See some of the amazing species that live in Central Australia.
There was a breeding and feeding frenzy going on in Australia. A rare flood triggered an explosion of life in the barren Red Centre — and attracted water birds from hundreds of miles away, including droves of pelicans thick as clouds.
It’s one of the continent’s great natural wonders. About once per decade, enough rain fills Queensland to send floodwaters southward hundreds of miles — right across a Conservancy-protected preserve called Kalamurina — all the way to Lake Eyre. This 3,740-square-mile salt-encrusted basin sits nearly empty for years — a vast blinding-white plain, dotted with a few small pools.
Then the flood comes and everything changes in a flash.
If you’re in place at the right time, you can actually watch glittering water flow in a mini-wave into bone-dry creek beds. Television crews rush to set up cameras and catch the sight. Australia becomes rapt; waiting to see if there’s enough water to fill the lake to the brim, something that’s only happened three times in the past century.
This flood is the best since 2000. Flushes of green are springing up along the shimmering lake and rivers. Fish that surfed in with the floodwaters and the few that eked out survival in the basin’s isolated pools are multiplying at almost magical speed. Brine shrimp eggs tucked in the dry earth have popped to life.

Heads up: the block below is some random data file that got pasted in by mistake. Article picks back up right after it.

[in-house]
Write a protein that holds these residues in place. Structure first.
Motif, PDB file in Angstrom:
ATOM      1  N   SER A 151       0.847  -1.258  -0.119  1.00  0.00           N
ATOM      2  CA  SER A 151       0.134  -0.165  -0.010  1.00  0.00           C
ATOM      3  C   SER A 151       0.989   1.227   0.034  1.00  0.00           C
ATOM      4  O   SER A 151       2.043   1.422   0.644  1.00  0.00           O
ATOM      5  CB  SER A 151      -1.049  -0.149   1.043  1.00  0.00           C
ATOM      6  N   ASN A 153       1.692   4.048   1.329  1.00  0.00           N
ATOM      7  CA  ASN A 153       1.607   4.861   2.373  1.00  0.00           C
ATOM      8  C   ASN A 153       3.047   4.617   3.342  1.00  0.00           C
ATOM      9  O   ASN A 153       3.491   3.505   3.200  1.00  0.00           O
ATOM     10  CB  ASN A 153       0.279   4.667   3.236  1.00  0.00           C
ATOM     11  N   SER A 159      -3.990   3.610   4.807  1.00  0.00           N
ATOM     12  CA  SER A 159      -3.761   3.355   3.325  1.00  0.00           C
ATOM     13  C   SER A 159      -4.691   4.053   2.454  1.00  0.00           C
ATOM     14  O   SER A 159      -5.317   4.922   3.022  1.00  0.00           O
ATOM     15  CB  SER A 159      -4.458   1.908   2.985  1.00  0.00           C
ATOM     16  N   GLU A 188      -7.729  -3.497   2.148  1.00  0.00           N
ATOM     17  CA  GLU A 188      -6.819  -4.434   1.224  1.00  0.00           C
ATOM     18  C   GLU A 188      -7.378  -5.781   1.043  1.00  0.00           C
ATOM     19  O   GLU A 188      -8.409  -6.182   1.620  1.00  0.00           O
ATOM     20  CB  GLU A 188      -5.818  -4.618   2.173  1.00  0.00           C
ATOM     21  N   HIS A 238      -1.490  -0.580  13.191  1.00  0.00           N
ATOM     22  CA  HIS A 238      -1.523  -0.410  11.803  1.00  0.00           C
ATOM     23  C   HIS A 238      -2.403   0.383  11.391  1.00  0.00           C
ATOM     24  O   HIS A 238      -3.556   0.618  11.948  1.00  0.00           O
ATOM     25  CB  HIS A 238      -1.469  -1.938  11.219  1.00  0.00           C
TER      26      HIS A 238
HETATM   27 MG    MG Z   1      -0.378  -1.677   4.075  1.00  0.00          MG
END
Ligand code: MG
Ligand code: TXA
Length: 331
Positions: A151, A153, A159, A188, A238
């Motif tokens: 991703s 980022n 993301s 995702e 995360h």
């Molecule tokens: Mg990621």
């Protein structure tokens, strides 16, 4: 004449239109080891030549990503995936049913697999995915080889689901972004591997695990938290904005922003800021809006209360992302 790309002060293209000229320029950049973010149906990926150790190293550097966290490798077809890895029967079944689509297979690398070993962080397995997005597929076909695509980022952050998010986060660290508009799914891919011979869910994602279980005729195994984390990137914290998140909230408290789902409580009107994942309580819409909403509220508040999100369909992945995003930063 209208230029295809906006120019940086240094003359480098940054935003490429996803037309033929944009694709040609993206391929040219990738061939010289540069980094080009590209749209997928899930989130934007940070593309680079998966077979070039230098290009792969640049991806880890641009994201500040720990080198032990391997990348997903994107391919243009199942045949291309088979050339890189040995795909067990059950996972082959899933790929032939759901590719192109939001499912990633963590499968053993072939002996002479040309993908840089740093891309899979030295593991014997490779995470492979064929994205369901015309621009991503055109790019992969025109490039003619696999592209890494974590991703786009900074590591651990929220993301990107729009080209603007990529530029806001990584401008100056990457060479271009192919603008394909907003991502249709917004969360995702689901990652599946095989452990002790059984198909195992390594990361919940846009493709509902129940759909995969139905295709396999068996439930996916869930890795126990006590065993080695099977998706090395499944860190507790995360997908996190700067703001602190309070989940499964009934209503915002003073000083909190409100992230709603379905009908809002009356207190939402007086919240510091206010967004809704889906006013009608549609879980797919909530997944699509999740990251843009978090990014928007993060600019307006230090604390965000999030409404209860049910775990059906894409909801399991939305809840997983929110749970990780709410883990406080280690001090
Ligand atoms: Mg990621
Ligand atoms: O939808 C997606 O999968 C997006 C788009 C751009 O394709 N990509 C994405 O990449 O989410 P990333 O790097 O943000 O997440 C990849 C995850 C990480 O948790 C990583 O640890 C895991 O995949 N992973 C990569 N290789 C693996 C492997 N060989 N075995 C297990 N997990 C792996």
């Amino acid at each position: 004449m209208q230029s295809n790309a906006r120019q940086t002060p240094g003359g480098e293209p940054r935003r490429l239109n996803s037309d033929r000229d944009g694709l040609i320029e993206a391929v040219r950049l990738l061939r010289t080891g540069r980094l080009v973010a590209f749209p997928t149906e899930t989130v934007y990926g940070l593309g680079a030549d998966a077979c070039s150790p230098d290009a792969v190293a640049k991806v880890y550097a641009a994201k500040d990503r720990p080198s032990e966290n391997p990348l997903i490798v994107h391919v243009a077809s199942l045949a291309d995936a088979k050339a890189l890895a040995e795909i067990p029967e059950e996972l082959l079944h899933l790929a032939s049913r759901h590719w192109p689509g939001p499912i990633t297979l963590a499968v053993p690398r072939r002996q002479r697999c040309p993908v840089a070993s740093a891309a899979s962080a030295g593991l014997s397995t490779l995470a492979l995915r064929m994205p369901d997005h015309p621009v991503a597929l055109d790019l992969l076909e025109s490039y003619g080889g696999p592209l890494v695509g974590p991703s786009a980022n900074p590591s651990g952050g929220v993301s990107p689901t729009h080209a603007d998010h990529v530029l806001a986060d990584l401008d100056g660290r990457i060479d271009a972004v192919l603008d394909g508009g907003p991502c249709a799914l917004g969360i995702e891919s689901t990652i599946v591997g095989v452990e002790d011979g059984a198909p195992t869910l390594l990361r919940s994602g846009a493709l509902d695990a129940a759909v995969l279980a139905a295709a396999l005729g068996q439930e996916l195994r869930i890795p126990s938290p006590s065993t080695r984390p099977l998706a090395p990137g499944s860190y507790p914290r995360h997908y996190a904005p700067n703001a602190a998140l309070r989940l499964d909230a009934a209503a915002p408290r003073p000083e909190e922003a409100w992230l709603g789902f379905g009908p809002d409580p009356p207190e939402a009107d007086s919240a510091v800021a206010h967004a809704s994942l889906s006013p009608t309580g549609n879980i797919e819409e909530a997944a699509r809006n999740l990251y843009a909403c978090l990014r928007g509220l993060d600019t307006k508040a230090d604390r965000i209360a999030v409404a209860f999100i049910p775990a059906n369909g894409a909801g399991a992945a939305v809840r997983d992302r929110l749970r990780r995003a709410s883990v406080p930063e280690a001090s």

And all that food lures birds. Tens of thousands of silver gulls, banded stilts, gull billed terns, cormorants, black swans and others have descended upon Lake Eyre — flapping, wading, dipping their bills to snap up yellowbelly fish, golden perch, and Lake Eyre hardyhead. Not only do they feast; they breed. If the water lasts long enough and the fish supplies hold out, a staggering number of baby birds — including bald, pink pelican chicks — will fledge here in coming weeks.
Scientists don’t yet know what signals the birds to come, how they know the basin has flooded and the fish are spawning. The pelicans feeding and breeding at Lake Eyre traveled at least 200 miles from the nearest coastline down south.
The party doesn’t last long. Soon the water will evaporate, fish and brine will die off, and the birds will leave, hopefully with fledglings in tow.
Because The Nature Conservancy teamed up with the Australian Wildlife Conservancy and Australian government last year to purchase the 1.7-million-acre property that sits on Lake Eyre’s doorstep, when the floods come again the precious ribbons of water will move across healthy land.
To our supporters who made this and all of our successes possible, please take a moment to marvel at the wondrous things you help protect.
Misty Herrin is an associate director for The Nature Conservancy.